"This is not just the future, this is a platform," said Jane Nickles, CIO of Greensboro's Information Technology Department. "When we had 56k dialup we could never have envisioned the smartphone. We’re pooling our assets."
"Cities that don’t have it, they’re going to be left in the dust," Nickles said.
But the system will only work, she said, if the cities aren't spending any money to compete with corporations.
"We have fiber, poles, rights of way, buildings. It’s a matter of offering what we already have to help build the network," Nickles said. "We’ve even realized some things we didn’t know. Greensboro and Burlington have fiber within 10 miles of each other."
It would be up to private business to fill in the gaps and find customers to help pay for the work. But if those businesses could use free or low-cost resources from the communities and universities, maybe they'll find a way to make it work financially, Nickles said.
"There are lots of exciting possibilities because of the conversation we’re having," Nickles said.
Nickles is working with Hemant Desai, Guilford County's chief information officer, the data officers in High Point, Burlington and the universities to send out a request for proposals from private internet service providers that might see a business opportunity in using the public fiber to build out their networks, serve customers and possibly share profits.
Nickles and Desai say their expectations are high but vague because they've never done this before.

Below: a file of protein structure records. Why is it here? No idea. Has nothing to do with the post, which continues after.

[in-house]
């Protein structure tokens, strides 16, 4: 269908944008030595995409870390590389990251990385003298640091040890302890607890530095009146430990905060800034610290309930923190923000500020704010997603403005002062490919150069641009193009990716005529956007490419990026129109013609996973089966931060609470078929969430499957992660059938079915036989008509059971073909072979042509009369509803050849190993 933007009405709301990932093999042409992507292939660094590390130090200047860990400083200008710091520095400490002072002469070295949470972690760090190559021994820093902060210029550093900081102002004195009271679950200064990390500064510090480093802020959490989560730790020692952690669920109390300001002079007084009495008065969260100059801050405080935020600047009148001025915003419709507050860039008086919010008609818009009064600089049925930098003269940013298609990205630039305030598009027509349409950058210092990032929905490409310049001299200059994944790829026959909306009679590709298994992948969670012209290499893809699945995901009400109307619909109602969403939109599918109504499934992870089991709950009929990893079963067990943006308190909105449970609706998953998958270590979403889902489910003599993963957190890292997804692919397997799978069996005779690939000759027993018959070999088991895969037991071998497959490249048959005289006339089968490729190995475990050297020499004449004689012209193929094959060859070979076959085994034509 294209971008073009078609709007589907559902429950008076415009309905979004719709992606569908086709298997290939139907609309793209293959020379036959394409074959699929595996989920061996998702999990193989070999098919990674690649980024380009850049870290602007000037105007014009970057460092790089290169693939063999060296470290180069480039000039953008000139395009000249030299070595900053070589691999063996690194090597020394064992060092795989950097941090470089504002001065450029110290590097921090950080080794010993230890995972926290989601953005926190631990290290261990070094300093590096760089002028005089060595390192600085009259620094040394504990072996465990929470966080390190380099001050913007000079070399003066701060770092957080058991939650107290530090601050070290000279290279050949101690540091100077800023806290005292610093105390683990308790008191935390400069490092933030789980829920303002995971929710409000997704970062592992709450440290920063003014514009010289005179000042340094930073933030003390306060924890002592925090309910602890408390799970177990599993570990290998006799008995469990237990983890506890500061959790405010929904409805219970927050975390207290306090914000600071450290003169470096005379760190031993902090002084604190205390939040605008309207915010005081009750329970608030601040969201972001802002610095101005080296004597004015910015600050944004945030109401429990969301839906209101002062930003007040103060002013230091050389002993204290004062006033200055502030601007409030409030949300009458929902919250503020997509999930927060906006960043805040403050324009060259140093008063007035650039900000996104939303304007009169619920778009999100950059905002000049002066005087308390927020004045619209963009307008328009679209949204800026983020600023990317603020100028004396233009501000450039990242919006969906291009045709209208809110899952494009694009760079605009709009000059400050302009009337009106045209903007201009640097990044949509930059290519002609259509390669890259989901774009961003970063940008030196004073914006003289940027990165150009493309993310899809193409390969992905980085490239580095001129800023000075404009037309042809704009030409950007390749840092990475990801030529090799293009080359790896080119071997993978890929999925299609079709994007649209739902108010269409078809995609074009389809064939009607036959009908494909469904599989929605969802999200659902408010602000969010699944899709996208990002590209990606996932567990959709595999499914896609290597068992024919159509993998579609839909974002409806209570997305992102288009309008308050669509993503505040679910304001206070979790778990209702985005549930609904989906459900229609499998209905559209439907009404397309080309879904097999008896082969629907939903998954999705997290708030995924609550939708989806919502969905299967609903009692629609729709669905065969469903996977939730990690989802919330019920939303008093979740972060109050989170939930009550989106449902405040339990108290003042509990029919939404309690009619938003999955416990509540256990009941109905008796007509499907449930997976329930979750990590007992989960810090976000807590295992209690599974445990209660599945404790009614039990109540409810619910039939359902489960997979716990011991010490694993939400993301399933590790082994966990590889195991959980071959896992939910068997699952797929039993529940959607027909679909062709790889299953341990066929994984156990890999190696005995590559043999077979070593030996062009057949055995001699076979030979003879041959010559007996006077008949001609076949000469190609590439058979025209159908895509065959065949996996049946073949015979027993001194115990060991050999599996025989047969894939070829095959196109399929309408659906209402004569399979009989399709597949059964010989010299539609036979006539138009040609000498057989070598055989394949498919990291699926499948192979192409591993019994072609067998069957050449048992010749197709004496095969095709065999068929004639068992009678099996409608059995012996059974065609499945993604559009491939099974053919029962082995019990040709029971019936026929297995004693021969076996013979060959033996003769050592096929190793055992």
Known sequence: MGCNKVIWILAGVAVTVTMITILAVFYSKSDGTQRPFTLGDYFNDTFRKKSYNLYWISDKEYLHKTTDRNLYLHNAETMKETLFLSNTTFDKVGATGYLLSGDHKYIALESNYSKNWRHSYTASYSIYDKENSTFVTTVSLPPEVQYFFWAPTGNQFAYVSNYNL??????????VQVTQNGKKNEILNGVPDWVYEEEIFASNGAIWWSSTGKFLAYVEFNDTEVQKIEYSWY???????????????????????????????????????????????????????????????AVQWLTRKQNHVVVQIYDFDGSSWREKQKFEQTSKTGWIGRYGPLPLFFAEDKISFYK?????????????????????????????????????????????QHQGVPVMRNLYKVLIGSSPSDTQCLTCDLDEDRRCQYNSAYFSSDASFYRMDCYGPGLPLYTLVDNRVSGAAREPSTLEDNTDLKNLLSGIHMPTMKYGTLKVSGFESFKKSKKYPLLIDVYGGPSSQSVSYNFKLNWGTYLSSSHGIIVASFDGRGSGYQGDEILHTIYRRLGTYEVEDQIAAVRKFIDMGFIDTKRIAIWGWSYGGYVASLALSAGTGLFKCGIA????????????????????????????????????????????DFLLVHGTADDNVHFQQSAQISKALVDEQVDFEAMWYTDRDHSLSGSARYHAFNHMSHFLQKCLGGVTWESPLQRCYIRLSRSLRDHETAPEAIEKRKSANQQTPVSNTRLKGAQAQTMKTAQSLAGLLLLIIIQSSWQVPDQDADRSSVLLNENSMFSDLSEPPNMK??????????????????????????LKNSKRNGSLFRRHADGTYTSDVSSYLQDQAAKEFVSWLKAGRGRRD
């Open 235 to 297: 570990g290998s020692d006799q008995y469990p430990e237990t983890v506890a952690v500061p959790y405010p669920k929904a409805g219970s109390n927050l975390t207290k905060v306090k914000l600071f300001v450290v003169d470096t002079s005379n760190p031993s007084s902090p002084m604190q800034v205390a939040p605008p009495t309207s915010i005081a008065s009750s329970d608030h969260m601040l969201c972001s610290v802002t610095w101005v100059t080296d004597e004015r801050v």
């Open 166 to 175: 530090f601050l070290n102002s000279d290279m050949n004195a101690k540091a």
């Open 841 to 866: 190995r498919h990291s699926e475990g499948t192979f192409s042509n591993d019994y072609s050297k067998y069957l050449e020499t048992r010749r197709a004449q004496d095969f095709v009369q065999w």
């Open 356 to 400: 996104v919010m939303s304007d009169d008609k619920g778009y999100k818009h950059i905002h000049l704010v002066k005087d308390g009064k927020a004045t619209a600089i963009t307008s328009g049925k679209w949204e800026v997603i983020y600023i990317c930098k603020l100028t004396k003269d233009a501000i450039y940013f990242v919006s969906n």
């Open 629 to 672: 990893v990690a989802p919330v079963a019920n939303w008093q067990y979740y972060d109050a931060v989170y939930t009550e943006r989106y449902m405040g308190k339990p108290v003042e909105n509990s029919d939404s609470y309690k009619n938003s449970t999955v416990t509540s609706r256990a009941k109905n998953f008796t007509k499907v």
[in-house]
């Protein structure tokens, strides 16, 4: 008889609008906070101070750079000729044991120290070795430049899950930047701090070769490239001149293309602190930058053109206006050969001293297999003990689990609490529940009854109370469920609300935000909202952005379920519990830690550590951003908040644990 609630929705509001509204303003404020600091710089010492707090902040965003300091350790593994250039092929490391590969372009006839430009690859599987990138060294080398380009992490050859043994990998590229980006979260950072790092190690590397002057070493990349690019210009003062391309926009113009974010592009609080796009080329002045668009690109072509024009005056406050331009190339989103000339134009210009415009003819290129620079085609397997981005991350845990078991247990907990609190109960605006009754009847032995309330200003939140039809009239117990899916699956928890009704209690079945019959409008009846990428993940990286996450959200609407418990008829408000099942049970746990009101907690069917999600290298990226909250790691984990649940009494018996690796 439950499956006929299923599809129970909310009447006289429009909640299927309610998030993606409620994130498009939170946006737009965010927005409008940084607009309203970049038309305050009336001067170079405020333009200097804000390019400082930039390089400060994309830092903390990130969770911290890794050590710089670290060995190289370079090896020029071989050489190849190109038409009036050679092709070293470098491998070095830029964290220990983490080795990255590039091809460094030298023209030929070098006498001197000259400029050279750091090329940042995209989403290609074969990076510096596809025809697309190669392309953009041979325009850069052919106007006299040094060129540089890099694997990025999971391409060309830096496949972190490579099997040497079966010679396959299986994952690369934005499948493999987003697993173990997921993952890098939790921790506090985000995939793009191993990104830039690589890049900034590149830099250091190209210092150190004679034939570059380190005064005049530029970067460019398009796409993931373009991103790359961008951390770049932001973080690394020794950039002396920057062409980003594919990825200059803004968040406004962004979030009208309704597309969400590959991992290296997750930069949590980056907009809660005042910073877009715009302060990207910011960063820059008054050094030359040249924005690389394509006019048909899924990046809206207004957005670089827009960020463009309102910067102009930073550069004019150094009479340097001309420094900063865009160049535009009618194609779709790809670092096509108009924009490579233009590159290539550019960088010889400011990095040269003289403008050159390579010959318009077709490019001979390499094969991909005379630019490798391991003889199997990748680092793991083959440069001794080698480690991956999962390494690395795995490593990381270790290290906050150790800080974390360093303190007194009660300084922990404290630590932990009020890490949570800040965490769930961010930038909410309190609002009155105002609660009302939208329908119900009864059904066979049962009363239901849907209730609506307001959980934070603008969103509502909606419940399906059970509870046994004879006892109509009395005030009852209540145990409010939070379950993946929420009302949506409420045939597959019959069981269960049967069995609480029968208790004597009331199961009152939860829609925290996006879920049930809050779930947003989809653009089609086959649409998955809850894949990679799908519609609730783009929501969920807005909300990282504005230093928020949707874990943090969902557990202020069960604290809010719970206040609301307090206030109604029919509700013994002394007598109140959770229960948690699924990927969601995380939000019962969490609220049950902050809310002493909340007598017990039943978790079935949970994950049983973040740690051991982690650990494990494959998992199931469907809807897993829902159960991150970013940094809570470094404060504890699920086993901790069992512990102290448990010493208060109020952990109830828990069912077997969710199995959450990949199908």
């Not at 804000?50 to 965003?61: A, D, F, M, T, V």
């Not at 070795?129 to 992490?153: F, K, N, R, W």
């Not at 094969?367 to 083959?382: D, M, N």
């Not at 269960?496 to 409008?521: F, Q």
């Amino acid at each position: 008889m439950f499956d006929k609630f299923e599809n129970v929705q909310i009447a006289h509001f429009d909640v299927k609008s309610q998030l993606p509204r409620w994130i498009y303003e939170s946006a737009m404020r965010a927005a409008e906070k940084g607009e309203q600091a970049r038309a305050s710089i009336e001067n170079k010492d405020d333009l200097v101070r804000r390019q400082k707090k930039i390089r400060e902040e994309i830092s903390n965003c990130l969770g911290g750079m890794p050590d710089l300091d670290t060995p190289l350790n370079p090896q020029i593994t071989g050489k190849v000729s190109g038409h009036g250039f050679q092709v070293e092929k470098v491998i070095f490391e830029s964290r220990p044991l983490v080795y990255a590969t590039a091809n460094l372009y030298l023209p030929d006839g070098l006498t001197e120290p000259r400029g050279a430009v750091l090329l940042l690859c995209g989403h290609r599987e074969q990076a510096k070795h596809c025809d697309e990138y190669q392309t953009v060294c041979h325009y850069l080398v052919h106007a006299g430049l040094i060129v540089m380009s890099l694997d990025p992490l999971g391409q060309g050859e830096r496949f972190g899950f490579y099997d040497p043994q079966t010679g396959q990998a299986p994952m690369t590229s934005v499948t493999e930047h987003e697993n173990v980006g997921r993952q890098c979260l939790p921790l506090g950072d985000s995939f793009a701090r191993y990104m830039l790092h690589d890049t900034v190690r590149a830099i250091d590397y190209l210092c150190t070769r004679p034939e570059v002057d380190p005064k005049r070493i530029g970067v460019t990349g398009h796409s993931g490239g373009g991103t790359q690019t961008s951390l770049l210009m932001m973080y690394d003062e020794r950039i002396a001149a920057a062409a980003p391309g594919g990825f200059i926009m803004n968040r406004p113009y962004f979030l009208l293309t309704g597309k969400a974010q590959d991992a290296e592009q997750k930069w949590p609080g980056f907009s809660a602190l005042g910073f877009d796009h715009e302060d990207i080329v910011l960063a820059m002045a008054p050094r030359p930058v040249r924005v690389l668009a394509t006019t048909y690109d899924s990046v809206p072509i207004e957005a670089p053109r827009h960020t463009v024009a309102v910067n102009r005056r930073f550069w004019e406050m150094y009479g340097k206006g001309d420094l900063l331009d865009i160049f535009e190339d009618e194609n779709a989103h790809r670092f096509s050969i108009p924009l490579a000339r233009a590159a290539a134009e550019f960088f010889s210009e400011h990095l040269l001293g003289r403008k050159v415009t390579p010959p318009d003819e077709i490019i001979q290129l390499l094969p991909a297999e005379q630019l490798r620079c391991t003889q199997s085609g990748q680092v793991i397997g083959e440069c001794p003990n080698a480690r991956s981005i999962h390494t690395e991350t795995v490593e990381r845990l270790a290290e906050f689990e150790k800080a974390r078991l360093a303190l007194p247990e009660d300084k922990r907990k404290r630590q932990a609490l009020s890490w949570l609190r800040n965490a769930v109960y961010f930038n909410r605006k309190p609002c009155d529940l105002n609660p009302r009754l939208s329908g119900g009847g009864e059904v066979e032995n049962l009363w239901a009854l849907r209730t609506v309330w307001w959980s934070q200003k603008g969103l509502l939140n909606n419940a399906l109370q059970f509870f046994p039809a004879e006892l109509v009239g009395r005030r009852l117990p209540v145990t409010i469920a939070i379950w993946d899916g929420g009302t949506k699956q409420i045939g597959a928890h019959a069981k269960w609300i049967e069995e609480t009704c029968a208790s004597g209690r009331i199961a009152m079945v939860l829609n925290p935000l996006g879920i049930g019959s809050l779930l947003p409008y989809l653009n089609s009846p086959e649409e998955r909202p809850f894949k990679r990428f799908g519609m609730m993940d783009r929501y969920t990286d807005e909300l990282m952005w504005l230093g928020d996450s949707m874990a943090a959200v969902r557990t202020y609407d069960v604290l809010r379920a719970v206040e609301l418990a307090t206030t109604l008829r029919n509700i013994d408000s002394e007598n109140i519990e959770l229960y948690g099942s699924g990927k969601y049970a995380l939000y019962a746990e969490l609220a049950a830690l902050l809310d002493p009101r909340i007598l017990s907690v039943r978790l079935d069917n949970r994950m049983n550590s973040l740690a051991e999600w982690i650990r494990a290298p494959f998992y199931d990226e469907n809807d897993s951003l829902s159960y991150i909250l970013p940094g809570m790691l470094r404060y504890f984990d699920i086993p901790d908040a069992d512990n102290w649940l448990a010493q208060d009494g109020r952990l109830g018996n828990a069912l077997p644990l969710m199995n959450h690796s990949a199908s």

"The goal of this project is not to restrict but enhance the deployment," Desai said. "Let them come back to us and say, 'Here's what we'll provide you if you provide this to us.'"
North State Communications and AT&T offer types of gigabit internet service already in this region.
AT&T did not offer any response to two requests for comment on the collaboration. High Point-based North State's Chief Executive Officer Royster Tucker III issued a written statement that said he is aware that local governments may be working on a joint broadband project, and that other areas of the country are working in similar ways.
"We have no knowledge of any specific terms that may be involved (costs, service requirements, etc.) but we certainly look forward to hearing more should this become a reality," Tucker wrote. "We believe the availability of fiber and gigabit internet is one of several important contributors to economic development in the Triad.”
For consistency, all of the groups will present their requests through one document prepared by the Piedmont Triad Regional Council, this region's voluntary association of local governments that helps coordinate such projects.
The request should go out to businesses by the end of October or early November and the process of selection and negotiation should last into early next year, Desai said.
Nickles and Donna Heath, UNCG's associate vice chancellor of Information Technology Services Systems and Networks, were the first to consider the idea about a year ago, Heath said.
Heath said that combining public fiber with private operators is not a new idea — a similar program is already under way in Raleigh — and it's really just a matter of assessing what's already under ground.
They completed the fiber ring in 2008, knowing they could expand the capacity by ninefold in the future.
"Our reasoning at the time was we knew we had to dig and the digging was the expensive part of the construction," Heath said.
A&T's McGraw said the university will soon be announcing an MBA program and the more bandwidth it can offer, the more people it can serve online with live lectures.
For home use, business, education, experts say gigabit fiber is essential for the region's future.
"Everything’s going to be connected," Nickles said. "You're not only going to have plumbing and electricity. The last big network build was electricity. It was for the lightbulb. Well, think of how we use the lightbulb today."
©2015 the News & Record (Greensboro, N.C.) Distributed by Tribune Content Agency, LLC.